Helen Mayberg, one of the world’s leading experts on functional brain imaging and mood disorders, will complete a baseline functional MRI scan of each participant before, during, and after treatment. “The idea is that people who get better on drugs have a different scan pattern than those who get better with therapy,” she says. “Identifying scan patterns that will reliably predict poor outcome to either treatment is also extremely important.”
Joseph Cubells and Elisabeth Binder are working on the genetic piece of the depression study. Binder has identified specific variations in the DNA sequence of certain genes that encode proteins involved in the stress response, which may predict who is more likely to respond to antidepressants. For the CIDAR project, the team will measure stress hormone levels of the participants before and after treatment. If the stress response goes up, it’s a likely predictor the patient will relapse, hypothesizes Cubells.
In another area of study, Michael Owens will examine how many transporters—the sump pumps of the brain—need to be blocked for optimal response. Transporters pump out excess transmitters that are released every time the brain sends a signal to keep the connections between neurons clear and ready to receive another signal. Although scientists don’t know why, these drugs that block transporters turn out to be effective antidepressants. Owens and his team will give healthy volunteers varying doses of various antidepressants, followed by a PET scan, to determine how many transporters are blocked.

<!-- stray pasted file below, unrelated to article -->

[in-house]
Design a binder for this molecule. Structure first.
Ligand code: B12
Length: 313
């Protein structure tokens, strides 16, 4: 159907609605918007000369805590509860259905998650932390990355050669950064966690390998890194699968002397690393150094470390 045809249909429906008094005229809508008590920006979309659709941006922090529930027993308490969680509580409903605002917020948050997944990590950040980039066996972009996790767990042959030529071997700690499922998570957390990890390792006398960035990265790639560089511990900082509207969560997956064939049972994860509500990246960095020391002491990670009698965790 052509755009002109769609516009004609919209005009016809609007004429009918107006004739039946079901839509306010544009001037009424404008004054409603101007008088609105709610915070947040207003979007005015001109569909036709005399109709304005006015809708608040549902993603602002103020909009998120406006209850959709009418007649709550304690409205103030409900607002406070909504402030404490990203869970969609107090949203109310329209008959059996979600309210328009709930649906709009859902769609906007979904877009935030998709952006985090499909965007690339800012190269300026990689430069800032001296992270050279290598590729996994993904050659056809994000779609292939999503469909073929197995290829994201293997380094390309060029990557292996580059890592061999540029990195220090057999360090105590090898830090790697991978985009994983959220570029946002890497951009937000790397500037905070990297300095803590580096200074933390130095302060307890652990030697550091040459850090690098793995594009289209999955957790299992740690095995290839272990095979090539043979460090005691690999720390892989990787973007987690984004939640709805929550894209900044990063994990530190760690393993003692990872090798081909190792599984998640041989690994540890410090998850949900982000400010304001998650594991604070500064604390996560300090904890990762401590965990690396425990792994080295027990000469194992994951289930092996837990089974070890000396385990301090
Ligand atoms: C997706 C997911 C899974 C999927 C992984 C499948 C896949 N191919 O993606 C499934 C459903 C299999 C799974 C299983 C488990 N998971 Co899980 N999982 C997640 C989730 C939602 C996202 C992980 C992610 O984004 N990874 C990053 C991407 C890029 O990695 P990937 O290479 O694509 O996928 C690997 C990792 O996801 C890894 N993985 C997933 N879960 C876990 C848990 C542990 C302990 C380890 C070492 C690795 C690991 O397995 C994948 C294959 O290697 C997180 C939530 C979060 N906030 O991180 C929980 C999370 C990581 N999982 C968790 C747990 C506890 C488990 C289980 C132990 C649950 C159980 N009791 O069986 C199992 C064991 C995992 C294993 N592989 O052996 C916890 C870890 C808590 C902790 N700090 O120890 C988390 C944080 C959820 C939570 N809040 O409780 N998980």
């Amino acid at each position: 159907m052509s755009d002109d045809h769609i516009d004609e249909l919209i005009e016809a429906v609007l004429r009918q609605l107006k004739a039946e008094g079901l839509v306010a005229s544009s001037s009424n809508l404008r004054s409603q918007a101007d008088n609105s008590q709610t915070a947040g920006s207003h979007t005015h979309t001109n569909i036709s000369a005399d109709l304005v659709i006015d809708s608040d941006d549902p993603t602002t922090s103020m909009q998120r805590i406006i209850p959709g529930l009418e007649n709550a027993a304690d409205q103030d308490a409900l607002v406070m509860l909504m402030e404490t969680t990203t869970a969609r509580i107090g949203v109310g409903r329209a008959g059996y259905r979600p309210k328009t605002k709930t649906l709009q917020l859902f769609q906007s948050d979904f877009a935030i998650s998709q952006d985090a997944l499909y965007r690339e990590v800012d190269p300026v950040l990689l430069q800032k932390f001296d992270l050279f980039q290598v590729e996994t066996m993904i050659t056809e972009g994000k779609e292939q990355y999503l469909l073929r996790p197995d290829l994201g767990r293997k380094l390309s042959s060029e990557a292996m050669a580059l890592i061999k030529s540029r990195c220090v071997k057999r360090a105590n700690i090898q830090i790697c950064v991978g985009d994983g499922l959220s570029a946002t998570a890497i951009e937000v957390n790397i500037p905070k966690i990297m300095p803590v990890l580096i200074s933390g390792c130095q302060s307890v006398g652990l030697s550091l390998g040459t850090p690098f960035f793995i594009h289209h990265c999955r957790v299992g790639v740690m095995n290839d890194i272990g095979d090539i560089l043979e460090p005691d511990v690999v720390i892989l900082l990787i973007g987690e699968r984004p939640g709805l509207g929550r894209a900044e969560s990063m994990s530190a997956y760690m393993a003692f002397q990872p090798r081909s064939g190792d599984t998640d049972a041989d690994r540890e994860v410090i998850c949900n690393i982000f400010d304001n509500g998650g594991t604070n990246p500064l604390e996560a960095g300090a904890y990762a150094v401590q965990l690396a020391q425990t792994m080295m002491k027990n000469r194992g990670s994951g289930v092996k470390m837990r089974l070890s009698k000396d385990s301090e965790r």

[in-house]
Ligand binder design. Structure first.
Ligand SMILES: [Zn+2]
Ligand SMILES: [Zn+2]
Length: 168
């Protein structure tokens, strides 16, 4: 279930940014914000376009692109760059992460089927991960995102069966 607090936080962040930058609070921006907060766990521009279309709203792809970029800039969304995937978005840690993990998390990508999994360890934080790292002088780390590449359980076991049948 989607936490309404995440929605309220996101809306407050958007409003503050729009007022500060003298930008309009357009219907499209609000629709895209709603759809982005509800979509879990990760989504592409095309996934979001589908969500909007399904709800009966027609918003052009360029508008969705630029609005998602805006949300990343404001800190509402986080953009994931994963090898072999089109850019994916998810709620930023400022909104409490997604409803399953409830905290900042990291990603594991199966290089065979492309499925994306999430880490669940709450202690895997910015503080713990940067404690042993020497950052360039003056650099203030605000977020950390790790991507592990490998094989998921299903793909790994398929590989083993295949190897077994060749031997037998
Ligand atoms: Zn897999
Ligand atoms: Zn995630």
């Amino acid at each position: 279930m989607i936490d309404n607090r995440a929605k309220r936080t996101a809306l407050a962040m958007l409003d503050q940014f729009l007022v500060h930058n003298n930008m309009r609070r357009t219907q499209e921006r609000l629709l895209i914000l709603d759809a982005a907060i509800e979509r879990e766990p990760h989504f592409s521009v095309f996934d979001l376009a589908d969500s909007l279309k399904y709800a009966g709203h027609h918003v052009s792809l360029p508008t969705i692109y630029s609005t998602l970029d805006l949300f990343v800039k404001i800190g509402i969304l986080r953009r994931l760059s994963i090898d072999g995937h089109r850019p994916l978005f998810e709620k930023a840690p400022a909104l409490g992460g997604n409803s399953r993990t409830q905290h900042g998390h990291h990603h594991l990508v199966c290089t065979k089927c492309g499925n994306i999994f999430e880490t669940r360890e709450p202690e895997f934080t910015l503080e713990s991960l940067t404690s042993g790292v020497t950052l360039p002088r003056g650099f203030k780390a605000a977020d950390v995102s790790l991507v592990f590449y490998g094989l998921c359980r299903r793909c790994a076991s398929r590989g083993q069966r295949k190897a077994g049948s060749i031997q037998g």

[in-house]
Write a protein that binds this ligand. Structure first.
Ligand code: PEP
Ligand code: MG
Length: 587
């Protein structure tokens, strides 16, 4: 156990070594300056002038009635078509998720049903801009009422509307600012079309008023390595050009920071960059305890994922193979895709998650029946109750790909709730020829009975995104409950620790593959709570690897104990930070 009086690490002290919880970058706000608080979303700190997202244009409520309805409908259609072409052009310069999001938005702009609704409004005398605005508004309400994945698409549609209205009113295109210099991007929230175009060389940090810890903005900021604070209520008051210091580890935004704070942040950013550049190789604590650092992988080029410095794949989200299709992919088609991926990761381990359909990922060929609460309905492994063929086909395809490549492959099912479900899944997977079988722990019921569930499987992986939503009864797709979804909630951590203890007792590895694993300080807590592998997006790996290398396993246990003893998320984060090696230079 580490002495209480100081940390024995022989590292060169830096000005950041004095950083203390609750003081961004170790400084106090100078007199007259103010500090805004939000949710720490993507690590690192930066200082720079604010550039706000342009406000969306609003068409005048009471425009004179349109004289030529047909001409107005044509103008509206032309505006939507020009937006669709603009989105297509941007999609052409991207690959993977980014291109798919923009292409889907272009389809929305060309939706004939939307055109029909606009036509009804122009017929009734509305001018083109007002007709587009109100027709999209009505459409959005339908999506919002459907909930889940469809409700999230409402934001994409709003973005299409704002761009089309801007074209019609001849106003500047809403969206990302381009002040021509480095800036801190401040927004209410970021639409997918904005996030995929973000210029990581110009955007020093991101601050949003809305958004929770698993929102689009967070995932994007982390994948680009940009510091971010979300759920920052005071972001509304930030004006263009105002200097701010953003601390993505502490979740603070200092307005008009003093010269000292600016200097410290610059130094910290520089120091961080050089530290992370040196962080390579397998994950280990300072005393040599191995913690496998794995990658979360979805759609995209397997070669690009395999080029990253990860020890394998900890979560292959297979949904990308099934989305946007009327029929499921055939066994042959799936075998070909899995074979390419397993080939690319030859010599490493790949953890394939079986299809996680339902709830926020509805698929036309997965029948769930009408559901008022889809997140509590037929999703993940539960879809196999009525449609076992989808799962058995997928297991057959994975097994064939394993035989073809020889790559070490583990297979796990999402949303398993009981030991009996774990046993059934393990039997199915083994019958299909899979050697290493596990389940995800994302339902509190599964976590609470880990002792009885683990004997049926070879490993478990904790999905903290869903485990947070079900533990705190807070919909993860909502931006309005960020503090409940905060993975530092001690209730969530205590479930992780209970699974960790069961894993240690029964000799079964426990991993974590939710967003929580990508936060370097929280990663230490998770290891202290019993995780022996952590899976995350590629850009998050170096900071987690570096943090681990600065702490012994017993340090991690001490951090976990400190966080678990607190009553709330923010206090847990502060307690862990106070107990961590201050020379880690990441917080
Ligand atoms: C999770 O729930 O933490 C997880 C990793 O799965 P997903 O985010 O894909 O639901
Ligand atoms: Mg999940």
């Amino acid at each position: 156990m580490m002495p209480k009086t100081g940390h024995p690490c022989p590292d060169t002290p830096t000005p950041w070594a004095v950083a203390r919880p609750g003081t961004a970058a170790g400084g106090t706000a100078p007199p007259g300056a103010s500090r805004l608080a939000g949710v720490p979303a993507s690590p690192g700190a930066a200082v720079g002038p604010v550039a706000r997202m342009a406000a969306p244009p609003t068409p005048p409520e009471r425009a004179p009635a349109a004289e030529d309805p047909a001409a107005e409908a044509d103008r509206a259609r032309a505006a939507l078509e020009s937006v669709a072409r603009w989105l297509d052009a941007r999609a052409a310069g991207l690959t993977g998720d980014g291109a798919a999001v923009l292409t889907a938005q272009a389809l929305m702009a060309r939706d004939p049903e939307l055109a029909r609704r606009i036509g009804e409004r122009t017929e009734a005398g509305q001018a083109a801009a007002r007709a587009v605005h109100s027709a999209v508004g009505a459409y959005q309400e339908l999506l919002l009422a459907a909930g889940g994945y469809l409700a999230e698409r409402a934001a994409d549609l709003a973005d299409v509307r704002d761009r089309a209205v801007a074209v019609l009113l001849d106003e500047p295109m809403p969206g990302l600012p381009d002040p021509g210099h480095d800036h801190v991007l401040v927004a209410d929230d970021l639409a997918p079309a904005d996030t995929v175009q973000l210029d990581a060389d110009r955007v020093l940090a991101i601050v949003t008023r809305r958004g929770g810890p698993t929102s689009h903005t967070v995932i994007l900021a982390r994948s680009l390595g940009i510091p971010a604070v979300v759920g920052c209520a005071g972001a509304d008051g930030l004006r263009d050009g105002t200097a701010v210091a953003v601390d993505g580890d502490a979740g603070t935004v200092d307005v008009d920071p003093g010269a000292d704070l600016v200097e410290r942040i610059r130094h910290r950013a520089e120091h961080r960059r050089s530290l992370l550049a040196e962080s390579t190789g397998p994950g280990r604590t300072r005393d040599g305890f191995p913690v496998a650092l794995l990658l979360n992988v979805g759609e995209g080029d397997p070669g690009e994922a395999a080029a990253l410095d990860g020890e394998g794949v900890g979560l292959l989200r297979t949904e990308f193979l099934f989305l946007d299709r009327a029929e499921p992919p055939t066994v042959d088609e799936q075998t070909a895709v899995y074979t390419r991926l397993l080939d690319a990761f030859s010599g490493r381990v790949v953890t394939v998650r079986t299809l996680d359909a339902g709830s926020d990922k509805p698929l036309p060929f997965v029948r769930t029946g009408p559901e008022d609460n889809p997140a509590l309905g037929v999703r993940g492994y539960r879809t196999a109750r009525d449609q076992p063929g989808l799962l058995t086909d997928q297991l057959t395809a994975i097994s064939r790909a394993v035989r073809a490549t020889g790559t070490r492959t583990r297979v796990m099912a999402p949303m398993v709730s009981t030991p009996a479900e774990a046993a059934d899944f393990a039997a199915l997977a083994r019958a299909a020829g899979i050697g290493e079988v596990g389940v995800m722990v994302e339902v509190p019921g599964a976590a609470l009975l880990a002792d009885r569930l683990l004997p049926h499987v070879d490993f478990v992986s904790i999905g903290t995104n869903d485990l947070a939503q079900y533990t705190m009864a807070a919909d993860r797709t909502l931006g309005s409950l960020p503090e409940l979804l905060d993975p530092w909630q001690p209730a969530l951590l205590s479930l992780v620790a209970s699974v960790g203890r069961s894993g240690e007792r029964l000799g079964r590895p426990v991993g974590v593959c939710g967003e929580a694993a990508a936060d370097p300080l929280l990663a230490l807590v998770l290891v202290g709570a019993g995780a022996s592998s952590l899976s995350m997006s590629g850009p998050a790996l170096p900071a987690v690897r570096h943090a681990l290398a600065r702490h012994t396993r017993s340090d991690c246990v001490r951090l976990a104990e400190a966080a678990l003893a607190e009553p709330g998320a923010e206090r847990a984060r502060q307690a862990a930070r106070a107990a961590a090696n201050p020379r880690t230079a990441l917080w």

Ed Craighead, principal investigator of the second grant that will look at predictors of relapse, also oversees the cognitive- behavioral therapy portion of CIDAR. He has co-written a widely used textbook on cognitive behavior therapy with his Emory colleague and wife, Linda Craighead.
All of these approaches lead to the ultimate goal—a way to treat patients based not on a hit-or-miss prescription but instead on solid predictors of response. Then the field of mental health will have the same tools on which other branches of medicine—cardiology, oncology, infectious disease—have long relied. –Rhonda Mullen and Martha McKenzie
|Cutting the power to cancer circuits
Pediatrician Donald Durden compares a cancer cell to a building with too many lights left on. “Doctors have been trying to treat cancer by turning out the lights in one room at a time instead of going after the transformer box,” he says.